“A light shines in the darkness, and the darkness will not overcome it.” John 1:5
By Carrie Gress
During several long stays in Poland, I heard many stories about life under communism. Fascinated by these first-hand accounts, it was hard to wrap my mind around what my friends had lived through. One young man had his family estate divided up by the government: the parents and son were left the kitchen and a bedroom, while strangers from another part of Poland were moved into other parts of the house to make a new home. I was told about the preciousness of a can of coke. Parents made huge sacrifices from their $20 a month salaries to gift their children just one, costing $1. After having been sipped and savored to the very end, the empty cans were cleaned and turned into a treasured place to keep pencils. I also heard stories of deep faith. In Ukraine, a grandmother secretly baptized her grandson and taught him the faith. Even his parents were kept in the dark, for fear of government reprisal.
Piecing together the awful realities under communism, I came to understand things I’d witnessed in Poland as leftovers from those dark times – like bribes offered at the post office, or odd forms of brokenness in individuals because of the many years they spent fearing their neighbors and the secret police. These were people who had had around-the-clock surveillance of their phones and movements, and some who had been unjustly arrested. In so many Poles and Eastern Europeans I met, I could feel a sad sense of deep melancholy in their spirits.
A study in contrasts. Old and new Krakow in 1999. (photo by Carrie Gress)
Beyond the economic hardships, the single factor that eventually brought down communism was their burning thirst for God. The communists did everything they could to wring God out of the Soviet Bloc. (We can see the same thing happening today in China as references to God, the Bible, and faith are being erased, while churches are demolished and Christians arrested.) The overwhelming temptation of every totalitarian-tipping government is to make itself the final judge of human affairs. But the thirst for God, whether we know what it is or not, will always be there.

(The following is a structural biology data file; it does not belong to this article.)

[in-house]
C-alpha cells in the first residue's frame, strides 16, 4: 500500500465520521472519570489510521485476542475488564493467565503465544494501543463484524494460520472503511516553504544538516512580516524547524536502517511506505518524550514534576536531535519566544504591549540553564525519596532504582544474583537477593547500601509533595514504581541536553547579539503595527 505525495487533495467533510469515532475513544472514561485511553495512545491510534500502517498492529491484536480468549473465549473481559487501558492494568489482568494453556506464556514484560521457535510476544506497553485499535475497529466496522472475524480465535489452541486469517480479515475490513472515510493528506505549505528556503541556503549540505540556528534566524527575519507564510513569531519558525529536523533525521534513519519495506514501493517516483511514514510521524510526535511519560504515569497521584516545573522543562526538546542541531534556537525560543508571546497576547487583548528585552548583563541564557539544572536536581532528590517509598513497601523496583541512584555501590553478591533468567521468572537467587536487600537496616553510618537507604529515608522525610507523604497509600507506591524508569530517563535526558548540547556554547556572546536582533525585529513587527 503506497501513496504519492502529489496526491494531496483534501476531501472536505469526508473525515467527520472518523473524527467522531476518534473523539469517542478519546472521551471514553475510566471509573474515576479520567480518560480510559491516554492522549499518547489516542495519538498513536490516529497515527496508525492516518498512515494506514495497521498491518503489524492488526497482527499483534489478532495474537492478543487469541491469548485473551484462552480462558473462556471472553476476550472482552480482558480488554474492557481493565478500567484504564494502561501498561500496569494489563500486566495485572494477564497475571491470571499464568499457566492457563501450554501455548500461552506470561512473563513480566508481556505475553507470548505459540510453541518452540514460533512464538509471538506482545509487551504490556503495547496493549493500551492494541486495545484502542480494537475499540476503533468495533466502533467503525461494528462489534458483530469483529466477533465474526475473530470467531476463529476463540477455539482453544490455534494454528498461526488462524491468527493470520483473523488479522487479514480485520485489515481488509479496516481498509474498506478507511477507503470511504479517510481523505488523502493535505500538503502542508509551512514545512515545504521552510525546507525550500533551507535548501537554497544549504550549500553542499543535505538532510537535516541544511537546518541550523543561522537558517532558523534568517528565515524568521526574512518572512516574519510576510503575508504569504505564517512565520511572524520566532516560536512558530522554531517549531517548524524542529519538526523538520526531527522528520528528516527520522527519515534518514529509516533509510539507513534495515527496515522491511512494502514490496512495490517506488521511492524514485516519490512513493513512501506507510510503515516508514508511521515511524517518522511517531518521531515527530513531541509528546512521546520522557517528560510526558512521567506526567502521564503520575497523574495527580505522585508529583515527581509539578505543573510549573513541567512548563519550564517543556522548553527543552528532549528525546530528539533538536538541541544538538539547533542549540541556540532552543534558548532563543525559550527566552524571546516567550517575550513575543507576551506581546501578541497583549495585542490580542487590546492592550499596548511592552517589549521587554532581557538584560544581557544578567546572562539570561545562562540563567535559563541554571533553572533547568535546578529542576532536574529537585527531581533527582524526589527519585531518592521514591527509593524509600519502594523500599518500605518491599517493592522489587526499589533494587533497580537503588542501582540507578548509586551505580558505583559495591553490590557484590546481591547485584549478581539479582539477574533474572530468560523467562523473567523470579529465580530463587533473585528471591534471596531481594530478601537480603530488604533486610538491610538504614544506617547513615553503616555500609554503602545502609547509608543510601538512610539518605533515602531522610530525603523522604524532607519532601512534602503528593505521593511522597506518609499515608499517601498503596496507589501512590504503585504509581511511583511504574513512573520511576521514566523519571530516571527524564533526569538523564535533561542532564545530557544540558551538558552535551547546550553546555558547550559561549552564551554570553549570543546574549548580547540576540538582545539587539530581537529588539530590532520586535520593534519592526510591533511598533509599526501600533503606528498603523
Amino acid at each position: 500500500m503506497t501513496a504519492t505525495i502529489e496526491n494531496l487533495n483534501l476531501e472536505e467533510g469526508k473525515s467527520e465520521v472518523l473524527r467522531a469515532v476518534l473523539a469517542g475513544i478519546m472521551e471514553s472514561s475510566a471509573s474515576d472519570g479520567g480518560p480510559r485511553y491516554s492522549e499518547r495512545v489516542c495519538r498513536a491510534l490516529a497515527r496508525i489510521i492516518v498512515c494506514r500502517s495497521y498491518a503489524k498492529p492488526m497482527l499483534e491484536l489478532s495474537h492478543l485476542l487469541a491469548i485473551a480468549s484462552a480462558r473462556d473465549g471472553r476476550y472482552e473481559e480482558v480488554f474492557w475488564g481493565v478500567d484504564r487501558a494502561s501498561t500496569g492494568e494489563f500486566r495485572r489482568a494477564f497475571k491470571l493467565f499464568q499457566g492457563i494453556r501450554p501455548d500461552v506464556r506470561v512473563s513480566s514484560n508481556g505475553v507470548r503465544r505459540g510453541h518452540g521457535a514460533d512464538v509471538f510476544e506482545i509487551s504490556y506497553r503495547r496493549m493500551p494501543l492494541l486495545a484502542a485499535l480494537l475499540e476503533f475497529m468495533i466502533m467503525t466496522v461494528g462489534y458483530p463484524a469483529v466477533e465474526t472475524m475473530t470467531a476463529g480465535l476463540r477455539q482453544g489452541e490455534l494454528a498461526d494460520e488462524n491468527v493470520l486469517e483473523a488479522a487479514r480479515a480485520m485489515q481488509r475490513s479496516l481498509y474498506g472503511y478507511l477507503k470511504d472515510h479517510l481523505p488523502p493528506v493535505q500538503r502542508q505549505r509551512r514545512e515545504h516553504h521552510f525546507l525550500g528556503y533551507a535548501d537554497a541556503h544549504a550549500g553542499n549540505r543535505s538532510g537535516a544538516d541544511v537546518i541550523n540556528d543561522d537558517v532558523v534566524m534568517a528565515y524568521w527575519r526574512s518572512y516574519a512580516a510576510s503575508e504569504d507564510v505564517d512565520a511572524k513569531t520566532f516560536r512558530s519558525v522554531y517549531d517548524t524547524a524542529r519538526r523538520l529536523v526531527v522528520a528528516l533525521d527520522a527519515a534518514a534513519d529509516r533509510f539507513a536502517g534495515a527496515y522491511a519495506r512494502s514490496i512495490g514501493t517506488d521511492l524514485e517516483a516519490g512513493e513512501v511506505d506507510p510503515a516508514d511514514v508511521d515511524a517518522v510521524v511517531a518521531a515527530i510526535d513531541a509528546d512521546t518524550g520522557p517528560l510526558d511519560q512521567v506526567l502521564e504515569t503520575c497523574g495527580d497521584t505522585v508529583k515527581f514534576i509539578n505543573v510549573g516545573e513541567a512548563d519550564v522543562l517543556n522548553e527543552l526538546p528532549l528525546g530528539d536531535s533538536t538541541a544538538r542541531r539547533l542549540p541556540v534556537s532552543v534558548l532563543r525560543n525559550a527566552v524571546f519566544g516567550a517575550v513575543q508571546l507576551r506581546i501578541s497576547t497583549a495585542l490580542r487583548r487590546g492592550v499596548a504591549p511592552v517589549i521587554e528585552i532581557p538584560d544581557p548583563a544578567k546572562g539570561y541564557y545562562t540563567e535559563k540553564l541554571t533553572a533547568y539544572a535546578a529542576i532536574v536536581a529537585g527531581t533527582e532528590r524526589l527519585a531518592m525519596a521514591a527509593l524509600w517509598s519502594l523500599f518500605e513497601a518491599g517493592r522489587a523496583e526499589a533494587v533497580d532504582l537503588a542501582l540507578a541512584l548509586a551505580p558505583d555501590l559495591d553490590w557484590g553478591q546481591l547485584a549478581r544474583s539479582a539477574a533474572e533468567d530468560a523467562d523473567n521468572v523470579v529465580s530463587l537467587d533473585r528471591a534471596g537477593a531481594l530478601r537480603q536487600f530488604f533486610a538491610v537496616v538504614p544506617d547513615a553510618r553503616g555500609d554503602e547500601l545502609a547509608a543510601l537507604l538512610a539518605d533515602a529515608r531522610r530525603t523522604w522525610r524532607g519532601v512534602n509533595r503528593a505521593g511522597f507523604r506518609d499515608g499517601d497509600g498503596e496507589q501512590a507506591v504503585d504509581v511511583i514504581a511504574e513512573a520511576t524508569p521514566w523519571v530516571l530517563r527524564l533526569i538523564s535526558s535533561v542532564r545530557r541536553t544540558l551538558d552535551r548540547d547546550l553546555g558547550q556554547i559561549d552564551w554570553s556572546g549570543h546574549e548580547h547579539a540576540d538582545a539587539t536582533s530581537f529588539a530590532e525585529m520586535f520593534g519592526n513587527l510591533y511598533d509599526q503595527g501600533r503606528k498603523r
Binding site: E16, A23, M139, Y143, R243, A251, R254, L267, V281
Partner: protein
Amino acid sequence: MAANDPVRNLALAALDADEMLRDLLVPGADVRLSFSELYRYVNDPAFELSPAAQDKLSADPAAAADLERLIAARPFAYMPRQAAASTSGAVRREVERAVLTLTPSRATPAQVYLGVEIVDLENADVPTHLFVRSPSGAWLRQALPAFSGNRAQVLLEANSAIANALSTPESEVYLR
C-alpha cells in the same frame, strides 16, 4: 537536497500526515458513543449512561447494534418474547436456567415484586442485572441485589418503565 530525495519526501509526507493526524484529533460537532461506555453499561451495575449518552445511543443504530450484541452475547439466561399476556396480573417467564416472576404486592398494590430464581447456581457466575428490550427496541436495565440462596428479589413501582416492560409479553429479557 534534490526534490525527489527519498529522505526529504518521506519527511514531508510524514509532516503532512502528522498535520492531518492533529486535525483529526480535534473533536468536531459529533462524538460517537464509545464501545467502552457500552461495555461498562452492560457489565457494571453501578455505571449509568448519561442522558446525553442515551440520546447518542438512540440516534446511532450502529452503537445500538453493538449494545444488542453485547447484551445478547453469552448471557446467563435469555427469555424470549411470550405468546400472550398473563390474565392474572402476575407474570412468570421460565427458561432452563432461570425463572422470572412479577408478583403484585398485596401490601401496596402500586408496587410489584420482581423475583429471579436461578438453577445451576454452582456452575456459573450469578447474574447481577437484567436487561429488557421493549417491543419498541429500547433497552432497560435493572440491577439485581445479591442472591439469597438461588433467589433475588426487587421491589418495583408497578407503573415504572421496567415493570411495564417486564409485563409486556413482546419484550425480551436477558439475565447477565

It was ultimately this thirst, this unquenchable thirst, that brought down the Soviet Union. “We want God! We want God!” was the chant that changed the world. Hundreds of thousands gathered in Warsaw’s Victory Square (and millions watched on TV) during Pope John Paul II’s first return to his native country after his papal election. The people, previously hiding in darkness, realized they were not alone once they stepped together into the sunny square. The state and its media could do precious little to put the tiger of faith back in the cage.
The story of that June day in Victory Square didn’t start then; it can be traced back to the early life of the young Karol Wojtyla. From his days in the theatre, to the seminary, to the priesthood, to the episcopacy, Wojtyla provided a protected place for Poles to be human again, whether it was out in the woods, in a living room, in the confessional, or even in the choir loft. He offered a place for people to come to know God, to attend Mass, to sing, to have joy, to embrace a history and culture, and to have true friendship again. His little efforts of resistance throughout his life dramatically altered the course of history.
Having seen first-hand some of the brokenness among those who lived under communism, it is all the more miraculous that Pope Saint John Paul II was the man that he was. His character was seemingly left undamaged by the daily grind of surveillance, lies, poverty, and state overreach. Where others would crack or acquiesce under the pressure, he never did. What preserved him was his radical surrender to God and his intense life of prayer. Truly, this was a man that breathed God in deeply, allowing his own soul to be filled with God’s life breath, his ruah.
As I’ve heard, read, and written about the Pope and Poland, I never expected to see some of those challenging realities in my own life. I never dreamed the we could live under similar threats to our faith, to our friendships and families, to our daily living that we all took for granted until March 2020. We have already witnessed the targeted persecution of believers and closing of churches, the expansive censorship on Twitter and Facebook and among book publishers, the continued gas-lighting by mainstream media, while politicians and news outlets publicly call for the cleansing and eradication of political opponents. (Poland, having lived through decades of censorship, is showing it won’t tolerate it now. A new bill has been put forward to fine Facebook and Twitter $2.2 million whenever they censor free speech.)
Looking into the future, it no longer seems like an impossibility that our faith will be shaken greatly and our freedoms will be revoked. We need to take a page from Pope Saint John Paul’s playbook and remember how he remained impervious to the dark despair most of us will be tempted to allow to overshadow our souls. He always sought the light of Christ. This temptation to despair can also serve as a reminder that the remedy, born of a universal desire and encapsulated in a simple phrase, is close at hand. “We want God.”
Related: John Paul II’s Field Guide in the Battle for Religious Freedom, by Carrie Gress
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